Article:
The post-modern paradigm of the Internet age does not allow monopolising of truth(s), and modernist value hierarchies that form the basis for state constitutions have been put to the test. RiTo provides an arena for sieving truths related to the duties of the Parliament. In spite of a pessimistic prognoses, it is worth aspiring for the sufficient regeneration of one’s own cultural, social, economic and political capital even in a small country, even though many of the keys are situated outside the country. What can be done by the Parliament, the central government, a local government or a capable NGO in order to pursue worthwhile goals?
A round-table discussion on RiTo‘s future (December, 2000) resulted in a consensus opinion that the issuing of RiTo justified the risks and that such a journal is needed for the development of Estonian political culture, legislation, and the Parliament. As is characteristic of newly emerged phenomena, there was no such consensus as far as RiTo‘s directions of development were concerned – with one exception. Both the MPs, and the representatives of universities, agreed that RiTo should become a quarterly journal and enter the market. Opinions regarding RiTo’s concept, relation between materials with political and academic orientation, etc. showed plurality of views and interests – the lack of interests is of no interest, as summarised by Prof. Igor Gräzin.4
Advance copies of the current issue of RiTo – which has so far been distributed through government institutions, universities and NGO centres free of charge – will for the first time enter competition on the information market. Since markets operate on the basis of trust and information – words count – the journal needs a collaboration culture (= capital) where one’s word given by phone or e-mail counts as much as a signed contract. On the other hand, we know that globalising political and academic life races through stations/events as an express train, and the planning of time becomes problematic, especially in a small society where there are less doers and more work to do. Time is a valuable asset, but trust and knowledge are worth more on the market. RiTo goes on.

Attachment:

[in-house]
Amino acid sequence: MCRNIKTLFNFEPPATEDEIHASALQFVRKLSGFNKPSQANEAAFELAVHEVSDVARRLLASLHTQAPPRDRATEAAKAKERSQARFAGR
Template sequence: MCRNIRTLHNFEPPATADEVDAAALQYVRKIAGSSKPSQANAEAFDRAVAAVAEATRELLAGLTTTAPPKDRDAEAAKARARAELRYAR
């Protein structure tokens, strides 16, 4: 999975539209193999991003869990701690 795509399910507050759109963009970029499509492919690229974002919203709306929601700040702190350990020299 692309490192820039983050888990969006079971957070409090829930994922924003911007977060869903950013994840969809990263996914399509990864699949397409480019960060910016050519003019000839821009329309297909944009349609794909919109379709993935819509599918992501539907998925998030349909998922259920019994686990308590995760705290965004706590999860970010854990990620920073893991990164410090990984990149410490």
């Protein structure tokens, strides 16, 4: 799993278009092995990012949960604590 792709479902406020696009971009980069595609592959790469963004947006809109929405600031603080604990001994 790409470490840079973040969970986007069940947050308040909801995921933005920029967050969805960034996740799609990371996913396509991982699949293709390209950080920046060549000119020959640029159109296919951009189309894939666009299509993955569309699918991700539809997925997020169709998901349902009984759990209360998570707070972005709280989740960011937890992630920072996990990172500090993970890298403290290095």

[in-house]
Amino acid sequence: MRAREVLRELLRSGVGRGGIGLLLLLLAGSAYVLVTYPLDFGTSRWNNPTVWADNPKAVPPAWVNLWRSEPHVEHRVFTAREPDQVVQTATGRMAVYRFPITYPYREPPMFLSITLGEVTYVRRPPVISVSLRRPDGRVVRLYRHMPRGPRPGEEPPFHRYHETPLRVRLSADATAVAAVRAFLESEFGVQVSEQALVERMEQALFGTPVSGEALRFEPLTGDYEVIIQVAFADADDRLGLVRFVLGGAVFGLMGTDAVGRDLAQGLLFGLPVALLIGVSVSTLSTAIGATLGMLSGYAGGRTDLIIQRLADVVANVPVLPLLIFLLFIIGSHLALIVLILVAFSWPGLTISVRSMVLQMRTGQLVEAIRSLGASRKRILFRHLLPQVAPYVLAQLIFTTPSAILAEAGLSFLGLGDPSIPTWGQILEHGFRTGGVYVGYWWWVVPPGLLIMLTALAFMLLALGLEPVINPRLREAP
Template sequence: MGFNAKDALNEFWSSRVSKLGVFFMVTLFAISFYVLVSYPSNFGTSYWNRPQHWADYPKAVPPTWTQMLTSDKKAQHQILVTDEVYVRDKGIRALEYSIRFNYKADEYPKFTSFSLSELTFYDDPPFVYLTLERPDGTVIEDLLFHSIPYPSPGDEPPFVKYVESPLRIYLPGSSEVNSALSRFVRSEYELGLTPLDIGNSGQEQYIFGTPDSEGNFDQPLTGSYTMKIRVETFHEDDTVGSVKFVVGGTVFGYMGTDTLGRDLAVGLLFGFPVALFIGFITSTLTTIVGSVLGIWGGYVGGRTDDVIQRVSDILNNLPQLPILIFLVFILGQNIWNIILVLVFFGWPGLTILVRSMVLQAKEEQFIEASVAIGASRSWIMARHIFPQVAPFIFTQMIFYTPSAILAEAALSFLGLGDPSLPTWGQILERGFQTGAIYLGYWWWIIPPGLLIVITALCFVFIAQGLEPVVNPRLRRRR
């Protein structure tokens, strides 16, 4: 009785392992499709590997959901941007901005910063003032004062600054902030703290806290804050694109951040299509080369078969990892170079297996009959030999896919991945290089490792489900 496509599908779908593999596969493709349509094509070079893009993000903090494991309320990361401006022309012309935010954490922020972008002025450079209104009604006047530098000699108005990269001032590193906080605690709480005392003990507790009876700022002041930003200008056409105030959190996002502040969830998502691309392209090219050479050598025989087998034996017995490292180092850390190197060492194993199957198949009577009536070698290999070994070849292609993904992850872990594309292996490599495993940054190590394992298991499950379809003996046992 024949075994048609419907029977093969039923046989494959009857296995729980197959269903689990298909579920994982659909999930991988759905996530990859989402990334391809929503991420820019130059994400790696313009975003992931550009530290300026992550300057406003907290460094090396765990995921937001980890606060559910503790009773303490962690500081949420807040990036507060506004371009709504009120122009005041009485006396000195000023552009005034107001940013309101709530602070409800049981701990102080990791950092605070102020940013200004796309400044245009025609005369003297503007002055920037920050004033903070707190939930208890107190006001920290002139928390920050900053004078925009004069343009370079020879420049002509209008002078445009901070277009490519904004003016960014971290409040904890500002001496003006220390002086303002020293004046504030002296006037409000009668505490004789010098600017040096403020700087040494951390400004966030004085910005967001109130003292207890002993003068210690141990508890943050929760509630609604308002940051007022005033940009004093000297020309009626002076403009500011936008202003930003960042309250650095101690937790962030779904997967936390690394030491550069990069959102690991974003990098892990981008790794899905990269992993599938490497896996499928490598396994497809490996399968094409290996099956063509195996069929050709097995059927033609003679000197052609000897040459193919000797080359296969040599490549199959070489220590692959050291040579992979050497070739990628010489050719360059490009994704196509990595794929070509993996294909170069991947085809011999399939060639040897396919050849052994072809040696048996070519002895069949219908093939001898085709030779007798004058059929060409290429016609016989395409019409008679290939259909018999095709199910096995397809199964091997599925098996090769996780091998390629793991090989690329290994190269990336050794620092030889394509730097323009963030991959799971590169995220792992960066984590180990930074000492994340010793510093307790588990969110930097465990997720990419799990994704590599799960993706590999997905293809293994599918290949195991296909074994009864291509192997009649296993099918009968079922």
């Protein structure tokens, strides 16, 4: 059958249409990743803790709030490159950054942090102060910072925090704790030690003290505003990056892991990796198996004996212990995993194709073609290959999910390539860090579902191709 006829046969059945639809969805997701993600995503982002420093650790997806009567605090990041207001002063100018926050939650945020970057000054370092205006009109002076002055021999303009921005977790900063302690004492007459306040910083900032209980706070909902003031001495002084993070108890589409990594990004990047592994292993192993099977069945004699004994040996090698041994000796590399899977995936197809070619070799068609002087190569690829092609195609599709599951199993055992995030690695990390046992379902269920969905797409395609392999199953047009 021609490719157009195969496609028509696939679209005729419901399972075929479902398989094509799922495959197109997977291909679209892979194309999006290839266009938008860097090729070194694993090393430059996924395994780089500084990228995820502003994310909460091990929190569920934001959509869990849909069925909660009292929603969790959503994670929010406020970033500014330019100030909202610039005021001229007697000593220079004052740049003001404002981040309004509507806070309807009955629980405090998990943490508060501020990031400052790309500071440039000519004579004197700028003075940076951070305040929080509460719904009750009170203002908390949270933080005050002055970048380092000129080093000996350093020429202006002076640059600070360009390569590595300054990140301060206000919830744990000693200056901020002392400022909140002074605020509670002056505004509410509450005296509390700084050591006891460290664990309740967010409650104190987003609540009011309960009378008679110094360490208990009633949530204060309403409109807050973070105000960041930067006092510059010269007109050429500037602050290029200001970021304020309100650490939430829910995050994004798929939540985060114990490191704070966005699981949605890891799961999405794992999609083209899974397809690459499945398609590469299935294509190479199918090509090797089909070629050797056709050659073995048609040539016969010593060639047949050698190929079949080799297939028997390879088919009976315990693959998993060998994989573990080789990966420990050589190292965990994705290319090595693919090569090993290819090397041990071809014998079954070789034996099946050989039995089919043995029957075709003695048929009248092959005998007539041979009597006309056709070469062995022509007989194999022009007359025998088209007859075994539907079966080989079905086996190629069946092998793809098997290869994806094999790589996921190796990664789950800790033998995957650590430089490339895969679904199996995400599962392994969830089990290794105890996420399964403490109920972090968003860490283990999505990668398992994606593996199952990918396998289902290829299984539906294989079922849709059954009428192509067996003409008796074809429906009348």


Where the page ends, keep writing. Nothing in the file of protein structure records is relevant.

1Public opinion polls relating to the duties of the Riigikogu (legislation, state budget, representing and informing etc.) have been ordered since 1996 – www.riigikogu.ee/osakonnad/msi/research_home.html.
2The topic of social capital is dealt with by R. Ruutsoo in an article in RiTo No. 3.
3How can this be measured? The question is also dealt with in the materials of the ECPRD seminar “Legal and regulatory impact assessment of legislation” (May 21-22, Tallinn) – see http://www.riigikogu.ee/conferences.
4In addition to his duties as lecturer in Estonia and the US, Igor Gräzin acts as Boeard Member and author of RiTo – see also his commentary on US elections as a lesson of new political culture emerging as a result of the IT revolution. The influence of novel media on political communication and parliaments’ information strategies is also dealt with in articles written for RiTo No. 3 by Prof. Marju Lauristin (MP), Arvo Sirendi (MP), Prof. Voldemar Kolga, Andrew Hardie (UK) and Dr. Guenther Schefbeck (Austria) – the latter two are the first foreign authors of RiTo. A.K.